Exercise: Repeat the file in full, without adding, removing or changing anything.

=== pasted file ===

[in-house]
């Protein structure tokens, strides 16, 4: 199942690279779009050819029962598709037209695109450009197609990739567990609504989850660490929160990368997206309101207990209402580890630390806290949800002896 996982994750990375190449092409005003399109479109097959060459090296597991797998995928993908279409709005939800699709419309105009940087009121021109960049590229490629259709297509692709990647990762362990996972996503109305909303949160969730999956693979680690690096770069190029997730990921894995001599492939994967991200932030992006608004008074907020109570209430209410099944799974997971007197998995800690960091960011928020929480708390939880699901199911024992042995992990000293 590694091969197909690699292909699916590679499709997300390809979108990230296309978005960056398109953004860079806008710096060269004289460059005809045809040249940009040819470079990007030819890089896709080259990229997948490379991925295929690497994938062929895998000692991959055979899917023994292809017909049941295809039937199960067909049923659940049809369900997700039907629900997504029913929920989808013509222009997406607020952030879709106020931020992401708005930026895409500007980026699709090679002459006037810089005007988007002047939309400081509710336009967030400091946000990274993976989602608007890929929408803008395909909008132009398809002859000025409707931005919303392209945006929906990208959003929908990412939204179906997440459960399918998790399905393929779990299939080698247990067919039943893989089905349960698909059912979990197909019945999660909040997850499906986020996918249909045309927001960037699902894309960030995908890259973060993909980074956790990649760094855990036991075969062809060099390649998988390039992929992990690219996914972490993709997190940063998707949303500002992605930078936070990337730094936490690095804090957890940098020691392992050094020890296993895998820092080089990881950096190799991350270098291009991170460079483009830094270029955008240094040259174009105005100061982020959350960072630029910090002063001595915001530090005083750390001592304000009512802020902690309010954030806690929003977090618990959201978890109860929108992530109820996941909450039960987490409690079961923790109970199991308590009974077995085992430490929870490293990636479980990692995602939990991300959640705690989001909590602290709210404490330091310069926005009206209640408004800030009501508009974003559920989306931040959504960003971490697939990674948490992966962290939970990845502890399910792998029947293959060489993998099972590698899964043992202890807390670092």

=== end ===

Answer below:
[in-house]
């Protein structure tokens, strides 16, 4: 199942690279779009050819029962598709037209695109450009197609990739567990609504989850660490929160990368997206309101207990209402580890630390806290949800002896 996982994750990375190449092409005003399109479109097959060459090296597991797998995928993908279409709005939800699709419309105009940087009121021109960049590229490629259709297509692709990647990762362990996972996503109305909303949160969730999956693979680690690096770069190029997730990921894995001599492939994967991200932030992006608004008074907020109570209430209410099944799974997971007197998995800690960091960011928020929480708390939880699901199911024992042995992990000293 590694091969197909690699292909699916590679499709997300390809979108990230296309978005960056398109953004860079806008710096060269004289460059005809045809040249940009040819470079990007030819890089896709080259990229997948490379991925295929690497994938062929895998000692991959055979899917023994292809017909049941295809039937199960067909049923659940049809369900997700039907629900997504029913929920989808013509222009997406607020952030879709106020931020992401708005930026895409500007980026699709090679002459006037810089005007988007002047939309400081509710336009967030400091946000990274993976989602608007890929929408803008395909909008132009398809002859000025409707931005919303392209945006929906990208959003929908990412939204179906997440459960399918998790399905393929779990299939080698247990067919039943893989089905349960698909059912979990197909019945999660909040997850499906986020996918249909045309927001960037699902894309960030995908890259973060993909980074956790990649760094855990036991075969062809060099390649998988390039992929992990690219996914972490993709997190940063998707949303500002992605930078936070990337730094936490690095804090957890940098020691392992050094020890296993895998820092080089990881950096190799991350270098291009991170460079483009830094270029955008240094040259174009105005100061982020959350960072630029910090002063001595915001530090005083750390001592304000009512802020902690309010954030806690929003977090618990959201978890109860929108992530109820996941909450039960987490409690079961923790109970199991308590009974077995085992430490929870490293990636479980990692995602939990991300959640705690989001909590602290709210404490330091310069926005009206209640408004800030009501508009974003559920989306931040959504960003971490697939990674948490992966962290939970990845502890399910792998029947293959060489993998099972590698899964043992202890807390670092």